My childhood household income and budget did not have wiggle room for money to buy toys. We made do with what nature provided for the most part. We weren’t accustomed to having shiny new things anyway. We wouldn’t know what to do with fancy toys even if we did have them.
Mother Nature is a pretty sizeable toy chest herself. You just need to know where to look. Doesn’t hurt to have experienced aunts, uncles and a parent that lived the hard times. This is how we lived in the woods of Hatchie but were never bored.
We did play with matchbox toys. They were empty match boxes pushed in the fine sand that was the road. Momma and her siblings played with sardine cans and sand.
Mother Nature had noise-makers. Little green fruit on a vine that ‘popped’ pretty loud when you squeezed them. We called them Maypops. Most people ate the seeds but I never acquired a taste. Lightnin’ bugs are always worth a couple hours of amusement.
We ate free snacks during warm months. Honeysuckle nectar was and still is a nice treat. The fragrance was wonderful and you could smell it on any given day on Hatchie. There were blackberries, huckleberries, plums, blueberries and persimmons.
Mother Nature turned persimmon seeds and plant leaves into toys in the right hands. When you remove a persimmon seed and cut it open there are a spoon and fork set inside. I don’t have a picture of one and don’t live near a tree to get one. (If I find a photo online that isn’t copyrighted I will show you one).
The seeds usually contain either a spoon, fork or knife-shaped white area. According to some older people contents of the seed indicate the upcoming season’s weather. Do you remember how Granny from ‘The Beverly Hillbillies” had her weather beetle?
Spoons mean lot of snow, forks mean a mild winter, and knives predict ice/wind that cuts like a knife. Sometimes there are even two utensils in a single seed. We all have found a spoon and knife in one. The above photo I found online isn’t a prime sample of what we found on Hatchie. The shapes’ details must vary depending on tree variety. Our utensils were more defined than the ones in the photo I posted. The forks we found had tines and looked like a fork. You get an idea of how small and fragile the inside of the seeds are. Use a light hand when cutting into them.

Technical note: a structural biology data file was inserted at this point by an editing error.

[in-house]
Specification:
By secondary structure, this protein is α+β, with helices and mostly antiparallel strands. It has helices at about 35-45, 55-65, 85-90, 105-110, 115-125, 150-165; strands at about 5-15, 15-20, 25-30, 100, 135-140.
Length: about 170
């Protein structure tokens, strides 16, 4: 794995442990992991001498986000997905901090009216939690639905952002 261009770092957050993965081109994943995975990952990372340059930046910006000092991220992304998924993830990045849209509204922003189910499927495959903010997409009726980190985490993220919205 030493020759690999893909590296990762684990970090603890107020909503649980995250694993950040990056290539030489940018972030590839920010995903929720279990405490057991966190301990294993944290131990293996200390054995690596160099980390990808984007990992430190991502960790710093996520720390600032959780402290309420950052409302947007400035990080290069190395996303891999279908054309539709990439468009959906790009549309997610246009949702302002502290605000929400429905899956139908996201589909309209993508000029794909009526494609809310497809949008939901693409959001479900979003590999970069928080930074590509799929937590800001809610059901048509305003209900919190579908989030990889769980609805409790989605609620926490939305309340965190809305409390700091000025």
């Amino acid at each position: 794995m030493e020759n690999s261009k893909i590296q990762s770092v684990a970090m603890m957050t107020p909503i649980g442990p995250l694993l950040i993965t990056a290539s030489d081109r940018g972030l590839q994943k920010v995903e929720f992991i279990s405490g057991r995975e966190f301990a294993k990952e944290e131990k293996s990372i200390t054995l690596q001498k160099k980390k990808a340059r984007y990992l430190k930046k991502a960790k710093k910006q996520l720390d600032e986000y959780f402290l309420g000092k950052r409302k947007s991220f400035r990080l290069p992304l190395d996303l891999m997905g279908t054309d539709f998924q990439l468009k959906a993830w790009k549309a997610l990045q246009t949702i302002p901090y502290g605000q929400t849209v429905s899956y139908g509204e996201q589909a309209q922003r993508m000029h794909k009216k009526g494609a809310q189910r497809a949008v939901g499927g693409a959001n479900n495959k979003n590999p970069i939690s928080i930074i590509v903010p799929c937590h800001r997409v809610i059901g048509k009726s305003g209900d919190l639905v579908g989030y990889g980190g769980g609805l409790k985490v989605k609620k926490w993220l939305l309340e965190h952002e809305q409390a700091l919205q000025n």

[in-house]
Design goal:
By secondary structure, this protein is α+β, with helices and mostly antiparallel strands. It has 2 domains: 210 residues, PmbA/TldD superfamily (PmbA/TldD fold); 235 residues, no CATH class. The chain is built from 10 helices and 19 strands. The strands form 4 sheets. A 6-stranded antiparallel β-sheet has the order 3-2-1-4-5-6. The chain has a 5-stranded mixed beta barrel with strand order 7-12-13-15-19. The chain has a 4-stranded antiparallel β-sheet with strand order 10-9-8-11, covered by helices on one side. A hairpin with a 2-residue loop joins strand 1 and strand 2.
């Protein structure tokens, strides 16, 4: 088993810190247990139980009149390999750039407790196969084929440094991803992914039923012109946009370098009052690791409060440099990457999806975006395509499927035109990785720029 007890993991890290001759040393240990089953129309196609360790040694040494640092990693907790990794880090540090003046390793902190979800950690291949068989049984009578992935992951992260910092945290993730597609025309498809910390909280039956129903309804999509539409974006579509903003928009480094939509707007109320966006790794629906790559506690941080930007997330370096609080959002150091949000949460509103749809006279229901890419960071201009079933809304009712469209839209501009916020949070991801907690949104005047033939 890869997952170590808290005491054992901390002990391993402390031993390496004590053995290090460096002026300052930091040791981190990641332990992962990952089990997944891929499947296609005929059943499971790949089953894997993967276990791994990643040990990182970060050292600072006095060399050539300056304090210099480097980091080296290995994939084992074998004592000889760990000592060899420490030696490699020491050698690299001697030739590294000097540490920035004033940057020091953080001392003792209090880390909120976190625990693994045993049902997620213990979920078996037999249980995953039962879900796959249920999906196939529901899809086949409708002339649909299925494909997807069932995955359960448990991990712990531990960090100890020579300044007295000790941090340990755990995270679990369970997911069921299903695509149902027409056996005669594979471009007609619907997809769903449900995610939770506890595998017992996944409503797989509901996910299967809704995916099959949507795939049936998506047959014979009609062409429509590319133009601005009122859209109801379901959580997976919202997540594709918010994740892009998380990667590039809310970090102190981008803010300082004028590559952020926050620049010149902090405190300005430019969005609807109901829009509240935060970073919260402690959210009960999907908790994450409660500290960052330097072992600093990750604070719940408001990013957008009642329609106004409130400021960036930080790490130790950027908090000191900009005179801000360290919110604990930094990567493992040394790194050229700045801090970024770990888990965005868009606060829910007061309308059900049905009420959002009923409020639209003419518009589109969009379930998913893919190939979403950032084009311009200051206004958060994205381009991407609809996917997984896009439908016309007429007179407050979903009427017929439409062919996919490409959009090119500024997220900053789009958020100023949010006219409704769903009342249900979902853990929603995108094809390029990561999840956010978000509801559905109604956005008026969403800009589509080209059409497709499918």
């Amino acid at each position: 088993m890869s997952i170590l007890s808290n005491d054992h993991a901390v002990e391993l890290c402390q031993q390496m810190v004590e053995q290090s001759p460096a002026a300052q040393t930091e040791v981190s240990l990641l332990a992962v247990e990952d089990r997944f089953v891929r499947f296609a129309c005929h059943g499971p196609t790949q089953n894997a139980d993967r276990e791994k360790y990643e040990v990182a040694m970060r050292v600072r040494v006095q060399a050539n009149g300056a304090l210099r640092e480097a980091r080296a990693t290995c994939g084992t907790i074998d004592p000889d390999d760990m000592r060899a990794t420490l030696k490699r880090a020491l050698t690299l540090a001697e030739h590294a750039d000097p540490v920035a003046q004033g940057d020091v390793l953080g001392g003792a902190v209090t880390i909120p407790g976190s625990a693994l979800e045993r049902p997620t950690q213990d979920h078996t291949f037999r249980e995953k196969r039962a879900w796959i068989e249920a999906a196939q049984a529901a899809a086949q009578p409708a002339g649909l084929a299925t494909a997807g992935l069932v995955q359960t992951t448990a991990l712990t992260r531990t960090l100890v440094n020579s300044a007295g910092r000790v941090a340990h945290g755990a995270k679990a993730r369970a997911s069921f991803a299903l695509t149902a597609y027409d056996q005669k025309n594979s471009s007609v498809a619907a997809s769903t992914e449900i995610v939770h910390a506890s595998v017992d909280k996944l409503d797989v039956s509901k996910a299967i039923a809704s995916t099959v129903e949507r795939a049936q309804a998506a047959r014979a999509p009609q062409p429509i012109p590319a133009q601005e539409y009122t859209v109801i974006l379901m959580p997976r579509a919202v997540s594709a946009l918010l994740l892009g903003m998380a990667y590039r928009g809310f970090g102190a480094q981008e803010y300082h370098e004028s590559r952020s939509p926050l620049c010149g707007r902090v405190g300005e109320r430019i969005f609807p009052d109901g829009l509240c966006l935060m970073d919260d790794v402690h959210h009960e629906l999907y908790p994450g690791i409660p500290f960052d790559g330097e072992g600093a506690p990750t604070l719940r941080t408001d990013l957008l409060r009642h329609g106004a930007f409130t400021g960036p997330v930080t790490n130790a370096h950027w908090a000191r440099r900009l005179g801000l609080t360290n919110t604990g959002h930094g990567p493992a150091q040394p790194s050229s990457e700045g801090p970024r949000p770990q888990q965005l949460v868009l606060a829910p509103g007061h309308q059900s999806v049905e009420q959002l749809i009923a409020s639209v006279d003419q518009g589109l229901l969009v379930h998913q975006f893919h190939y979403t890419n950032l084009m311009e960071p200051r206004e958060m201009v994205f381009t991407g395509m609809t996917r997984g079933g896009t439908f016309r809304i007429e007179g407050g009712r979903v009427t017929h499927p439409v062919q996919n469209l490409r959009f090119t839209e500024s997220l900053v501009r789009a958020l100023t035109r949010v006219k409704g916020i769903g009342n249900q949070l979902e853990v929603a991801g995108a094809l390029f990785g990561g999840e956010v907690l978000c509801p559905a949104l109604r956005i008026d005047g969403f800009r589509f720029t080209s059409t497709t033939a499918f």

The leaves of a particular plant are fun to use as a small balloon that we call a frog tongue. Well, a frog’s tongue doesn’t inflate, but their throat does. This tongue-shaped leaf sounds better than saying a frog throat.
Both of these activities teach a person patience and how to have a delicate touch. The fork and spoon (and in some cases a knife) are tender fleshy material. If you cut too harshly into the seed you damage the set. The leaf toy requires patience and a soft touch to perfect.
Remove a leaf, flat side in your fingers and squeeze it between your thumb and index finger. Do not slide your fingers around or you will tear the leaf. Your goal is to squeeze it so the liquid releases and you are able to slide and separate the leaf into two layers. When you have the leaf to the point of sliding between your fingers (think balloon) remove the stem end with fingernails. You now have an opening to blow into. It isn’t big but when you FINALLY succeed in making one you will blossom with pride.
I know these toys would not fascinate anyone this day and time but if given a chance I think they’d grow on you. My brother, Mother and myself were making frog tongues a couple of weeks ago. Some things you never outgrow.